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Satellite Tracking Reveals Reef Manta Rays Make Long-Term Use of Marine-Protected Areas


Reef manta ray, Mobula alfredi. Photo credit: Amelia J. Armstrong and colleagues

The study uses satellites and photos to fill important gaps in migration patterns for one of the world’s largest types of radiation.

Marine animals are notoriously difficult to track, resulting in large gaps in scientists’ understanding of their behavior and migration patterns – vital insights into the conservation of critical habitats. Researchers in Australia published an article in. Using satellite tags and a decade-old photographic satellite database Limits of marine science this suggests that a migratory species like the reef manta ray is more of a homebody.

The study found that a population of Mobula alfredi, one of the largest species of rays in the world, lives and travels long-term between two UNESCO World Heritage sites along the west coast of Australia. Nearly 10 percent of the 1,100+ reef manta rays identified by photos have been visiting Ningaloo Marine Park for more than a decade, with the longest lasting about 15 years.

Amelia J Armstrong Reef Manta Ray

Amelia J. Armstrong attaching a satellite tag to a reef manta ray, Mobula alfredi. Photo credit: Amelia J. Armstrong and colleagues

“This is a great find for the reef manta rays on this coast as these sanctuaries provide the legal framework necessary for further management action,” said Amelia J. Armstrong, lead author of the new paper and a PhD student in biomedical sciences at the University of Queensland.

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Reef Mantas are a long-lived species with a relatively slow reproductive life cycle and are listed as “Endangered” on the IUCN Red List of Threatened Species. International trade in manta ray body parts, particularly gill plates used in traditional Chinese medicine, is driving the population decline, according to Armstrong.

Frazer McGregor Satellite Day

Co-author Frazer McGregor demonstrates the satellite day. Photo credit: Amelia J. Armstrong and colleagues

“Unfortunately for manta rays, a slow rate of growth and few offspring means it can take a long time for populations to recover from disorders,” she said.

The researchers tagged 20 reef manta rays in 2016 and two more in 2019 in and around Ningaloo Reef, one of the world’s longest fringing reefs, where deep-sea headwaters and local currents form a hotspot for feeding activities. The satellite tags cannot use GPS while the animals are underwater. The devices therefore record depth, temperature and light values. Models then extrapolate the location based on this information.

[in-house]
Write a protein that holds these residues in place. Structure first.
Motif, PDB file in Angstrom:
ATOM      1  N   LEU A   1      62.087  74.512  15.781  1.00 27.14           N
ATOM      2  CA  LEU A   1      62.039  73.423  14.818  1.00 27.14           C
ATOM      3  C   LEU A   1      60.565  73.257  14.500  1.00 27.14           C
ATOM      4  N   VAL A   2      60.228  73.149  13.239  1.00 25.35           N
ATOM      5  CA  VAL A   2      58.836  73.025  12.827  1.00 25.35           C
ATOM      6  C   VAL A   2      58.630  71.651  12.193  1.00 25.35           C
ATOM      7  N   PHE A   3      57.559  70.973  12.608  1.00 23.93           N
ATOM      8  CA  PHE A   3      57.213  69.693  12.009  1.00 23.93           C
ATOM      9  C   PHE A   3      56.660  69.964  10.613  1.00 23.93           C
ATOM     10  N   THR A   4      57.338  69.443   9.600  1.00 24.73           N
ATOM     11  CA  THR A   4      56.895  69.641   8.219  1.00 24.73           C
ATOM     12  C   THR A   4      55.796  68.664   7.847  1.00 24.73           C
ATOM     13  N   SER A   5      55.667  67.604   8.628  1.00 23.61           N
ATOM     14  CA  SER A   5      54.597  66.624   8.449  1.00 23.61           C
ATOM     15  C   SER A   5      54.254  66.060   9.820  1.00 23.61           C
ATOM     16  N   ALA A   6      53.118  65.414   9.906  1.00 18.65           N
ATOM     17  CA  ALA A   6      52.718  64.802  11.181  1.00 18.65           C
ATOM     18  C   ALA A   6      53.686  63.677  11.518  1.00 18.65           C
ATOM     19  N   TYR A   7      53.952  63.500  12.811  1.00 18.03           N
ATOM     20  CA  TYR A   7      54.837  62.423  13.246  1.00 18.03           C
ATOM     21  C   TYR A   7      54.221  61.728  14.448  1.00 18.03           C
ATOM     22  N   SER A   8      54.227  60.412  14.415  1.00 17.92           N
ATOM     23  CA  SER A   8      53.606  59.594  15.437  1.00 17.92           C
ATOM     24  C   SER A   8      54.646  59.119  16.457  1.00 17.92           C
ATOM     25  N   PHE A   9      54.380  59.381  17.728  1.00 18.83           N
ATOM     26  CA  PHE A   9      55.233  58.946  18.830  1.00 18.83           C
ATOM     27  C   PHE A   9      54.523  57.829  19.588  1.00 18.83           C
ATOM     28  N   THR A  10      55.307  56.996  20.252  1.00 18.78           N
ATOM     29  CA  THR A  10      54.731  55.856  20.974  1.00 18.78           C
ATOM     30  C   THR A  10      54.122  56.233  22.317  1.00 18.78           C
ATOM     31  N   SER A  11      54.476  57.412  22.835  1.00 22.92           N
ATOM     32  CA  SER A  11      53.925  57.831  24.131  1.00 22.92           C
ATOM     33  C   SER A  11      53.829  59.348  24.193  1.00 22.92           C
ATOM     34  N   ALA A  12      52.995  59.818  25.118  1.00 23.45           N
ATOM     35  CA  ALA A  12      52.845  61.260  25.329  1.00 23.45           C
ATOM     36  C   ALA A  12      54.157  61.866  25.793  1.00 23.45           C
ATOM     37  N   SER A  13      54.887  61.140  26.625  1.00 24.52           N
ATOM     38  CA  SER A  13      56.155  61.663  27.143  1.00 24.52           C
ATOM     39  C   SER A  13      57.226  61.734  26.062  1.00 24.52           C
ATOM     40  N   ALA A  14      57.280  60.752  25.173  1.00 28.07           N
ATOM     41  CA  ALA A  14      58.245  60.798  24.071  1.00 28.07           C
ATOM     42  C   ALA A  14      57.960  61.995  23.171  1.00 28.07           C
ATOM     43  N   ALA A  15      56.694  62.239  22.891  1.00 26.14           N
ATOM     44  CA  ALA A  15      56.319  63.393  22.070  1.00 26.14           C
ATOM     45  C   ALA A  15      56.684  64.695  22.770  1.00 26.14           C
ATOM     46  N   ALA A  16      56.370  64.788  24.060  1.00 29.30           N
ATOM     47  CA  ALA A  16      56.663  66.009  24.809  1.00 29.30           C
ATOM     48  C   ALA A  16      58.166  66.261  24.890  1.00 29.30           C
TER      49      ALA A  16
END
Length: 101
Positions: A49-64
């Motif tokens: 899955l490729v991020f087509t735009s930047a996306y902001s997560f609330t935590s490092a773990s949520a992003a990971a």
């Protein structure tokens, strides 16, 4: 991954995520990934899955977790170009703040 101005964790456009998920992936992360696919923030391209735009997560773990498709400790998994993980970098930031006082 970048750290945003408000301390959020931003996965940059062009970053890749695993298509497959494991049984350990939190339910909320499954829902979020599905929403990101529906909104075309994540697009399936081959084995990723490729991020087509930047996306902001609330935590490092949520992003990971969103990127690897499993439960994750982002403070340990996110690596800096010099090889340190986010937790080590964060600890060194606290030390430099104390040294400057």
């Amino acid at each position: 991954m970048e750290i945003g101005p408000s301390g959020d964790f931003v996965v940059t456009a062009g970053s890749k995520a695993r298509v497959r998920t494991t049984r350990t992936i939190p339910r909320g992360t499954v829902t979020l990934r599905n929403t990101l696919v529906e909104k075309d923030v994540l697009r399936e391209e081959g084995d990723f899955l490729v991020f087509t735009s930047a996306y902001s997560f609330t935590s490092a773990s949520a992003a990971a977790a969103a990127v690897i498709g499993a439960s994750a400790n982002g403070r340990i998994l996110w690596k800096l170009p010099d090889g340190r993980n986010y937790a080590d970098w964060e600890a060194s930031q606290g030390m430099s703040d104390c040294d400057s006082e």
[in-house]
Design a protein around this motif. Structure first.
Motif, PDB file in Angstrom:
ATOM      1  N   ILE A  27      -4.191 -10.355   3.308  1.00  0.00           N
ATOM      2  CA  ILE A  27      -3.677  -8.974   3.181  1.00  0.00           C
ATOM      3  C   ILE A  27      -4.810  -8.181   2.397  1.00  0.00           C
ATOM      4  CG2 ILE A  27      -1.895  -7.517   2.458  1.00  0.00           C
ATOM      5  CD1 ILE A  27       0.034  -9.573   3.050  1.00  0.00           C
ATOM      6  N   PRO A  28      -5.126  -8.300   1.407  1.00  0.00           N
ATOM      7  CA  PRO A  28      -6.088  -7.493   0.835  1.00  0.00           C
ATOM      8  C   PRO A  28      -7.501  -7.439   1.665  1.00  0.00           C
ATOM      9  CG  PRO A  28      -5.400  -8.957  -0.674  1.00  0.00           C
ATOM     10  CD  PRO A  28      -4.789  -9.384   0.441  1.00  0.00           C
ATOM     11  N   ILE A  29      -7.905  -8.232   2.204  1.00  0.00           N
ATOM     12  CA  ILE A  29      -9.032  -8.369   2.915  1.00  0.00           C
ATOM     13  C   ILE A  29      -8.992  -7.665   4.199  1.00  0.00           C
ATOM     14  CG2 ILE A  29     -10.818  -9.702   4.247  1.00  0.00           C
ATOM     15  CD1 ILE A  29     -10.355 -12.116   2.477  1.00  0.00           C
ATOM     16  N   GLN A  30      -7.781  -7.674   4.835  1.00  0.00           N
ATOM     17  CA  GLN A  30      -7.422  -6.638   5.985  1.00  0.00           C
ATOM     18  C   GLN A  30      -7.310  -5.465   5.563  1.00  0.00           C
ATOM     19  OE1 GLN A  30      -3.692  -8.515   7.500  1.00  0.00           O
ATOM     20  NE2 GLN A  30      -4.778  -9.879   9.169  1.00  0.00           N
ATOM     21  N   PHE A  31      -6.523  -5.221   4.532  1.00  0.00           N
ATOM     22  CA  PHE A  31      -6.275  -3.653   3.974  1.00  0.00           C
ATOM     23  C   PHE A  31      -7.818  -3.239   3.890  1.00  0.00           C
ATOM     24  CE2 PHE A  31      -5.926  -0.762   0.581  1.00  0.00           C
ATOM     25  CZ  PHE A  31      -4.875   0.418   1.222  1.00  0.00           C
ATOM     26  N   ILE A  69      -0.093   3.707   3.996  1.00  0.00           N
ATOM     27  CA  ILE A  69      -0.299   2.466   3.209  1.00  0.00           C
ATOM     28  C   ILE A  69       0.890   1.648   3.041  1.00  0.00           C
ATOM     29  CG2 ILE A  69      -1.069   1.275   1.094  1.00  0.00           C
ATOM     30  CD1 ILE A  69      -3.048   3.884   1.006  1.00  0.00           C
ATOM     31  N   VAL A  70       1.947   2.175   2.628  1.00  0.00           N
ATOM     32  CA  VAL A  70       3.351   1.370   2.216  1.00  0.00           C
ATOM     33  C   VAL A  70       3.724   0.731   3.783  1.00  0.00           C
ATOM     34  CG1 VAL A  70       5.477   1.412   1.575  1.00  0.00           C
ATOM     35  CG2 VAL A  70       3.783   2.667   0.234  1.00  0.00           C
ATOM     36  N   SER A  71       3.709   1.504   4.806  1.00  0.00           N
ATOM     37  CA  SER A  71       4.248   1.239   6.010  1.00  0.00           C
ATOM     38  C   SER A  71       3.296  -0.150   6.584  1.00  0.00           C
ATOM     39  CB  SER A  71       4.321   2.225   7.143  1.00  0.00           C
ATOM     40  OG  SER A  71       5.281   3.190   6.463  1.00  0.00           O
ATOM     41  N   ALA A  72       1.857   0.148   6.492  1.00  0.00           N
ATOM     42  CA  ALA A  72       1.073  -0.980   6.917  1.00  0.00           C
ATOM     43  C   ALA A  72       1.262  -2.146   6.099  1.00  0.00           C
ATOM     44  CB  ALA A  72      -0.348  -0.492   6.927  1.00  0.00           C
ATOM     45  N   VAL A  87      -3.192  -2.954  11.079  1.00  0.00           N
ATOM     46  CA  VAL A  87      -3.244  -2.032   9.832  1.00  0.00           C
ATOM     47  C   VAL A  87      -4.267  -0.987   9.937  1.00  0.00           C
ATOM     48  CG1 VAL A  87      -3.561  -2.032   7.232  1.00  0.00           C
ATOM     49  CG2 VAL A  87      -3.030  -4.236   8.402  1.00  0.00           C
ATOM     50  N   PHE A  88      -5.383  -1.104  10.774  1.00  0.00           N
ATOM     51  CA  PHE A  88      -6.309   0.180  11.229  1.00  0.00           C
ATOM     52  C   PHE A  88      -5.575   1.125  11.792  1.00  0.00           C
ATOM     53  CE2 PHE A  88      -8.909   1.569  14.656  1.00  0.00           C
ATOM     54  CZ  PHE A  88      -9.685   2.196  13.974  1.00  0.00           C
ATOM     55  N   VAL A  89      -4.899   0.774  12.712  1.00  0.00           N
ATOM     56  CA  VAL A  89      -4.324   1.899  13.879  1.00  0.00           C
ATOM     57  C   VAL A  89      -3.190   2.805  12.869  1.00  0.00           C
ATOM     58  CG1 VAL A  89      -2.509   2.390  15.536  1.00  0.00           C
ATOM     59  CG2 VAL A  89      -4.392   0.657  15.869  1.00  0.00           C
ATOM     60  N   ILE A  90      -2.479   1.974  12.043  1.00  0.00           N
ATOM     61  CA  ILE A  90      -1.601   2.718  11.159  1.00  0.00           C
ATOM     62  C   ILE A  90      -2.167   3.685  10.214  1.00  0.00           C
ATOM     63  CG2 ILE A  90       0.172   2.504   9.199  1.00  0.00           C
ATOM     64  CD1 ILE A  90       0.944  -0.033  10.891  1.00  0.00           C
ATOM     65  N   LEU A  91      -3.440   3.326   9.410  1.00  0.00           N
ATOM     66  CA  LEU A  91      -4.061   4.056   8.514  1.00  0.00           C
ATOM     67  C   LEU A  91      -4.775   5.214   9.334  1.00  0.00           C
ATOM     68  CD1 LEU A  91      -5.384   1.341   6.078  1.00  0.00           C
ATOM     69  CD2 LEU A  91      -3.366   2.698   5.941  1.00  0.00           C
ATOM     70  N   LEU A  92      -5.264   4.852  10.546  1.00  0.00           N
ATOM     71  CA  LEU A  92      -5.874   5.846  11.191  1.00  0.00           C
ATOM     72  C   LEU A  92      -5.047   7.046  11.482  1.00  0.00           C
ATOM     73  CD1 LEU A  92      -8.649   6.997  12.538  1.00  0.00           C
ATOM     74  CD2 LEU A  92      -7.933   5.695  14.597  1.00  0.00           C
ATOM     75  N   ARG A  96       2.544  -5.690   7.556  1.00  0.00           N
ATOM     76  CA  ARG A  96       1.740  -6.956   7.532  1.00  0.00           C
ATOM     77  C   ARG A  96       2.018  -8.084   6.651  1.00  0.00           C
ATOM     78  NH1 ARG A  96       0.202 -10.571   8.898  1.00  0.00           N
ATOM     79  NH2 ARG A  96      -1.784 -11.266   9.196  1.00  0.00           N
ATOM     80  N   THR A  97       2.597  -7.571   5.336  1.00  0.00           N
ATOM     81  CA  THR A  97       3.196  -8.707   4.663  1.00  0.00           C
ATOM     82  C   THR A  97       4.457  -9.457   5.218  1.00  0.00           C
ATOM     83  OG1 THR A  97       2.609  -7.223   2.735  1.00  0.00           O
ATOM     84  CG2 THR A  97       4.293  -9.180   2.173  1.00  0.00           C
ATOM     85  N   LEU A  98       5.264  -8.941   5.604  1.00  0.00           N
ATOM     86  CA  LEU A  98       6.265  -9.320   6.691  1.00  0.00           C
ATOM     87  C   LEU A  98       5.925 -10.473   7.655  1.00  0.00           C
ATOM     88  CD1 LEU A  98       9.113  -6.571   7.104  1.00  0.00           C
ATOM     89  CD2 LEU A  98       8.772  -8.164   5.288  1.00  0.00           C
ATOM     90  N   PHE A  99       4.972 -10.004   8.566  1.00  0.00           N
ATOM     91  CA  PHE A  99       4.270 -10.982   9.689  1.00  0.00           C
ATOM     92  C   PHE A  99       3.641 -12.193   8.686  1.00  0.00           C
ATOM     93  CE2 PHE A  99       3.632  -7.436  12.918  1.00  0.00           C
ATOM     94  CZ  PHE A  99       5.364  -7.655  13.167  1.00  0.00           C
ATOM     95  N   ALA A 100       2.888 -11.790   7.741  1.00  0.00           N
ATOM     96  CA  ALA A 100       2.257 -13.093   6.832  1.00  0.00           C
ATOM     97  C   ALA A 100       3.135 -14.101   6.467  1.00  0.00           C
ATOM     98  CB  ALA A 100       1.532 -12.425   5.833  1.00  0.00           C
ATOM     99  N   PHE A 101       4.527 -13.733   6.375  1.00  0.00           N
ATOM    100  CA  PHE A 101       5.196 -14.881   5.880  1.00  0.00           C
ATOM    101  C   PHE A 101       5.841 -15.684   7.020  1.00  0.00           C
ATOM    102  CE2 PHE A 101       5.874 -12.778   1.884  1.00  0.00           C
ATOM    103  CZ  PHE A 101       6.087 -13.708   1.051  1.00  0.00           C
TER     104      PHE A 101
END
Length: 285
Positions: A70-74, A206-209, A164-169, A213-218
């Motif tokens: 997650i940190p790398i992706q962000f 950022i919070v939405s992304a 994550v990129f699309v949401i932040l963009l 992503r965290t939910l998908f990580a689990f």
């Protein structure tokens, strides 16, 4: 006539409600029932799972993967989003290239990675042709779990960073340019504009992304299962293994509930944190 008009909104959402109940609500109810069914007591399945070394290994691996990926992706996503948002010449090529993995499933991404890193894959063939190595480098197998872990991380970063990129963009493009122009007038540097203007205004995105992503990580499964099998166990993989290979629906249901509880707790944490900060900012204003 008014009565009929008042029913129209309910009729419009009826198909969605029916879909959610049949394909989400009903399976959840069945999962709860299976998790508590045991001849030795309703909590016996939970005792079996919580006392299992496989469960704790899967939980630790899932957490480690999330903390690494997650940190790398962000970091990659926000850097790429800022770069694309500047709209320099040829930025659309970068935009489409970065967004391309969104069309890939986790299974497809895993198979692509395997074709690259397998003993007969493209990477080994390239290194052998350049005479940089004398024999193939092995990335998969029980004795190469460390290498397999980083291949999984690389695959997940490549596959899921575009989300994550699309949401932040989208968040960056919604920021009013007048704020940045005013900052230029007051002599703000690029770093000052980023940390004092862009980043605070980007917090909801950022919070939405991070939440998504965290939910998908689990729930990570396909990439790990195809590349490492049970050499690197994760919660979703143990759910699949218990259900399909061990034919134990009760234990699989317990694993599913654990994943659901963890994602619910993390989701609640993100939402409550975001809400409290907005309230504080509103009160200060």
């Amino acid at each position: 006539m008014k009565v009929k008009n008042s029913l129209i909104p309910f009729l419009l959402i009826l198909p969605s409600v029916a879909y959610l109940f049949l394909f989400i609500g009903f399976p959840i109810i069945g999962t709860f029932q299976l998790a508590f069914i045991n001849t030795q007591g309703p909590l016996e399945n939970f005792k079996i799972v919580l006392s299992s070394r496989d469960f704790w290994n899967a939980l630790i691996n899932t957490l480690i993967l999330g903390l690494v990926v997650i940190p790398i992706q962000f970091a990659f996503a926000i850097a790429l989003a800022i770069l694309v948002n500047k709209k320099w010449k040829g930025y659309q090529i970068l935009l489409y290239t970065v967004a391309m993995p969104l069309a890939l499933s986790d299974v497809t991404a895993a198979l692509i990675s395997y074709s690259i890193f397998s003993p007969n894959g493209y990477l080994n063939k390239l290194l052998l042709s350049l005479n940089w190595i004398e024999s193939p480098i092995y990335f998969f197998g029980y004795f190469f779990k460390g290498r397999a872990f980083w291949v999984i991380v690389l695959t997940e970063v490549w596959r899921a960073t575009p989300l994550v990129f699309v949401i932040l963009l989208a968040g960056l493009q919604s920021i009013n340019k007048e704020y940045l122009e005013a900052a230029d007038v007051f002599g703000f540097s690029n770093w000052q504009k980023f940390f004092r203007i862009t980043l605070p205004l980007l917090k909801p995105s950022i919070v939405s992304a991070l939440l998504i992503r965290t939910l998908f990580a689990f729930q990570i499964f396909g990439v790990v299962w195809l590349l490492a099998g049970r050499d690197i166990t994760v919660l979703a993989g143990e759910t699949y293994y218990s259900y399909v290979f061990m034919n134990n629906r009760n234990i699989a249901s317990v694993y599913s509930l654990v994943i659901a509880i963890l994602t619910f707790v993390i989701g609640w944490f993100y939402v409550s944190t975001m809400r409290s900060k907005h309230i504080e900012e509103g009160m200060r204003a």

The oldest photo in the photo database used in the study is from the early 2000s. Reef manta rays from birth share the same unique speckle patterns that scientists use to recognize individuals over time. The photos, including images collected from photos from local tourism companies and citizen scientists via social media, helped the Australian team identify more than 1,100 individual animals from approximately 5,000 sightings.

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The two methods show different, complementary types of information.

“Satellite tags give us a glimpse into the secret life of these animals to understand where they often hang out outside of major tourist spots, and photographic identification helps us track visits over long periods of time,” said Armstrong.

The study notes that understanding the key areas where migratory species like the reef manta ray tend to congregate is critical to their future conservation. While the World Heritage Sites of Ningaloo and Shark Bay are protected, nearby coastal development and tourism create population pressures of their own, including animals injured by boat propellers and fishing gear.

“Further study of population size and evolution is an urgent research priority to ensure this manta ray population is resilient and resilient to future changes,” said Armstrong.

Reference: September 2, 2020, Limits of marine science.
DOI: 10.3389 / fmars.2020.00725

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